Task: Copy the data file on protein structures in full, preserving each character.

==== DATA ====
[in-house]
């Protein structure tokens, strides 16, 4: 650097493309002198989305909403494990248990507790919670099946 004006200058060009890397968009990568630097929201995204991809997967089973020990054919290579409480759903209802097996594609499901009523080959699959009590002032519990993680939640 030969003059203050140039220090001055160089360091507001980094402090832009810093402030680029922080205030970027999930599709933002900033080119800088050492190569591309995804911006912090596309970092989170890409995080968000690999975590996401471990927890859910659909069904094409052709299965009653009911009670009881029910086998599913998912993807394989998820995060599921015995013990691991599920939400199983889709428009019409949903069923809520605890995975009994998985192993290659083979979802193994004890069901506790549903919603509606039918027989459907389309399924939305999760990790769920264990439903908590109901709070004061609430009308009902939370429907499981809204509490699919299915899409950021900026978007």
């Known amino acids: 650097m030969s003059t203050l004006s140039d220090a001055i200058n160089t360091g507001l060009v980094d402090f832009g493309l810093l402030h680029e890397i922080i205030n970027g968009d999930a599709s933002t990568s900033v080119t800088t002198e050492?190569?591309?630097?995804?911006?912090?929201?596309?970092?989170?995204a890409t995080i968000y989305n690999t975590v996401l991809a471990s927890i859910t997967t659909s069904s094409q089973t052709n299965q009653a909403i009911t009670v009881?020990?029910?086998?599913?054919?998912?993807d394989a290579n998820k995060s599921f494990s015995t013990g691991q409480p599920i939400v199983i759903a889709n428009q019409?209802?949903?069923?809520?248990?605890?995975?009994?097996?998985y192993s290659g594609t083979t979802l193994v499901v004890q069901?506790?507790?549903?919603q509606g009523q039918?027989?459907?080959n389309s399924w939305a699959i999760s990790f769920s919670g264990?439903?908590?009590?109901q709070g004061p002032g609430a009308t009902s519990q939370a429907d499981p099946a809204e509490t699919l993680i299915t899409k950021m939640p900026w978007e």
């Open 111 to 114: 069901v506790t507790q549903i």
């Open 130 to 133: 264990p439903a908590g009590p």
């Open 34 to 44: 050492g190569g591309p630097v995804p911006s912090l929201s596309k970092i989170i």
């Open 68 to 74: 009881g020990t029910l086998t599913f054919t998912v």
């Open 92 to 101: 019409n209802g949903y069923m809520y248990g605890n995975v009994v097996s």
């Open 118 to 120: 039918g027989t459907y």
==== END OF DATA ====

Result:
[in-house]
């Protein structure tokens, strides 16, 4: 650097493309002198989305909403494990248990507790919670099946 004006200058060009890397968009990568630097929201995204991809997967089973020990054919290579409480759903209802097996594609499901009523080959699959009590002032519990993680939640 030969003059203050140039220090001055160089360091507001980094402090832009810093402030680029922080205030970027999930599709933002900033080119800088050492190569591309995804911006912090596309970092989170890409995080968000690999975590996401471990927890859910659909069904094409052709299965009653009911009670009881029910086998599913998912993807394989998820995060599921015995013990691991599920939400199983889709428009019409949903069923809520605890995975009994998985192993290659083979979802193994004890069901506790549903919603509606039918027989459907389309399924939305999760990790769920264990439903908590109901709070004061609430009308009902939370429907499981809204509490699919299915899409950021900026978007």
């Known amino acids: 650097m030969s003059t203050l004006s140039d220090a001055i200058n160089t360091g507001l060009v980094d402090f832009g493309l810093l402030h680029e890397i922080i205030n970027g968009d999930a599709s933002t990568s900033v080119t800088t002198e050492?190569?591309?630097?995804?911006?912090?929201?596309?970092?989170?995204a890409t995080i968000y989305n690999t975590v996401l991809a471990s927890i859910t997967t659909s069904s094409q089973t052709n299965q009653a909403i009911t009670v009881?020990?029910?086998?599913?054919?998912?993807d394989a290579n998820k995060s599921f494990s015995t013990g691991q409480p599920i939400v199983i759903a889709n428009q019409?209802?949903?069923?809520?248990?605890?995975?009994?097996?998985y192993s290659g594609t083979t979802l193994v499901v004890q069901?506790?507790?549903?919603q509606g009523q039918?027989?459907?080959n389309s399924w939305a699959i999760s990790f769920s919670g264990?439903?908590?009590?109901q709070g004061p002032g609430a009308t009902s519990q939370a429907d499981p099946a809204e509490t699919l993680i299915t899409k950021m939640p900026w978007e």
């Open 111 to 114: 069901v506790t507790q549903i």
């Open 130 to 133: 264990p439903a908590g009590p």
């Open 34 to 44: 050492g190569g591309p630097v995804p911006s912090l929201s596309k970092i989170i």
């Open 68 to 74: 009881g020990t029910l086998t599913f054919t998912v």
């Open 92 to 101: 019409n209802g949903y069923m809520y248990g605890n995975v009994v097996s």
């Open 118 to 120: 039918g027989t459907y």